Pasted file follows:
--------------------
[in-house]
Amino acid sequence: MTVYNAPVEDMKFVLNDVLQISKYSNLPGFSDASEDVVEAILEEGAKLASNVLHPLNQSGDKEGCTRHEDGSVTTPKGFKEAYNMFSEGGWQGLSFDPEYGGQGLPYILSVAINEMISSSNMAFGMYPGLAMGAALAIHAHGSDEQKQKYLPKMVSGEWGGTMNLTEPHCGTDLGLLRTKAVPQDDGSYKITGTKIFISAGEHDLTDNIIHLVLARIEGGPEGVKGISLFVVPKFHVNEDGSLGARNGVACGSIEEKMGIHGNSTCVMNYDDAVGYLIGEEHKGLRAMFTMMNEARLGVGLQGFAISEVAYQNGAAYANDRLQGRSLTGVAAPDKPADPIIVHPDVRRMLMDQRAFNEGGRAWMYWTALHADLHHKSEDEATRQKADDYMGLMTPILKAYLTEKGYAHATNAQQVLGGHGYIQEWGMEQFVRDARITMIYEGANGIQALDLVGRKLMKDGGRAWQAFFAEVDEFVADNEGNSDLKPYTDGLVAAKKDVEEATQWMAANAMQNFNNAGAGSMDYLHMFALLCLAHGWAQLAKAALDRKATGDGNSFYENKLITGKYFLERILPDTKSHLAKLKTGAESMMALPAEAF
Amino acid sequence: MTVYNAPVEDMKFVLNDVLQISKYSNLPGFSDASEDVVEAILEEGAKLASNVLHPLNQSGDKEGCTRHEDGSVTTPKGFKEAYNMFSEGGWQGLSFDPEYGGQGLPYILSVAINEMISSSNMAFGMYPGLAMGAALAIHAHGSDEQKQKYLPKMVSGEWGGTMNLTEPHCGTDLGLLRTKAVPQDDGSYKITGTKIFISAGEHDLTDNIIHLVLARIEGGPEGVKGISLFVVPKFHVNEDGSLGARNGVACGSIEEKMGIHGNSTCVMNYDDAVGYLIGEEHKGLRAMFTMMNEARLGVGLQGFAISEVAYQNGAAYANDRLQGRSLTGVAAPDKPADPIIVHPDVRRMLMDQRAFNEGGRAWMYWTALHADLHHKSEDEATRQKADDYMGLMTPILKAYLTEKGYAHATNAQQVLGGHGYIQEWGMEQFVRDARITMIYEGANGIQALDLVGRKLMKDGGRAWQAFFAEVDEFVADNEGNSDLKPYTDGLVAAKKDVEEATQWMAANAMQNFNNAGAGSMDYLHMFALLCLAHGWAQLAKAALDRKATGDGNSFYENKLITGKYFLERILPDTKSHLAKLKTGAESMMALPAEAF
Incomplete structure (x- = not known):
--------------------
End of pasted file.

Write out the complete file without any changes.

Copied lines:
[in-house]
Amino acid sequence: MTVYNAPVEDMKFVLNDVLQISKYSNLPGFSDASEDVVEAILEEGAKLASNVLHPLNQSGDKEGCTRHEDGSVTTPKGFKEAYNMFSEGGWQGLSFDPEYGGQGLPYILSVAINEMISSSNMAFGMYPGLAMGAALAIHAHGSDEQKQKYLPKMVSGEWGGTMNLTEPHCGTDLGLLRTKAVPQDDGSYKITGTKIFISAGEHDLTDNIIHLVLARIEGGPEGVKGISLFVVPKFHVNEDGSLGARNGVACGSIEEKMGIHGNSTCVMNYDDAVGYLIGEEHKGLRAMFTMMNEARLGVGLQGFAISEVAYQNGAAYANDRLQGRSLTGVAAPDKPADPIIVHPDVRRMLMDQRAFNEGGRAWMYWTALHADLHHKSEDEATRQKADDYMGLMTPILKAYLTEKGYAHATNAQQVLGGHGYIQEWGMEQFVRDARITMIYEGANGIQALDLVGRKLMKDGGRAWQAFFAEVDEFVADNEGNSDLKPYTDGLVAAKKDVEEATQWMAANAMQNFNNAGAGSMDYLHMFALLCLAHGWAQLAKAALDRKATGDGNSFYENKLITGKYFLERILPDTKSHLAKLKTGAESMMALPAEAF
Amino acid sequence: MTVYNAPVEDMKFVLNDVLQISKYSNLPGFSDASEDVVEAILEEGAKLASNVLHPLNQSGDKEGCTRHEDGSVTTPKGFKEAYNMFSEGGWQGLSFDPEYGGQGLPYILSVAINEMISSSNMAFGMYPGLAMGAALAIHAHGSDEQKQKYLPKMVSGEWGGTMNLTEPHCGTDLGLLRTKAVPQDDGSYKITGTKIFISAGEHDLTDNIIHLVLARIEGGPEGVKGISLFVVPKFHVNEDGSLGARNGVACGSIEEKMGIHGNSTCVMNYDDAVGYLIGEEHKGLRAMFTMMNEARLGVGLQGFAISEVAYQNGAAYANDRLQGRSLTGVAAPDKPADPIIVHPDVRRMLMDQRAFNEGGRAWMYWTALHADLHHKSEDEATRQKADDYMGLMTPILKAYLTEKGYAHATNAQQVLGGHGYIQEWGMEQFVRDARITMIYEGANGIQALDLVGRKLMKDGGRAWQAFFAEVDEFVADNEGNSDLKPYTDGLVAAKKDVEEATQWMAANAMQNFNNAGAGSMDYLHMFALLCLAHGWAQLAKAALDRKATGDGNSFYENKLITGKYFLERILPDTKSHLAKLKTGAESMMALPAEAF
Incomplete structure (x- = not known):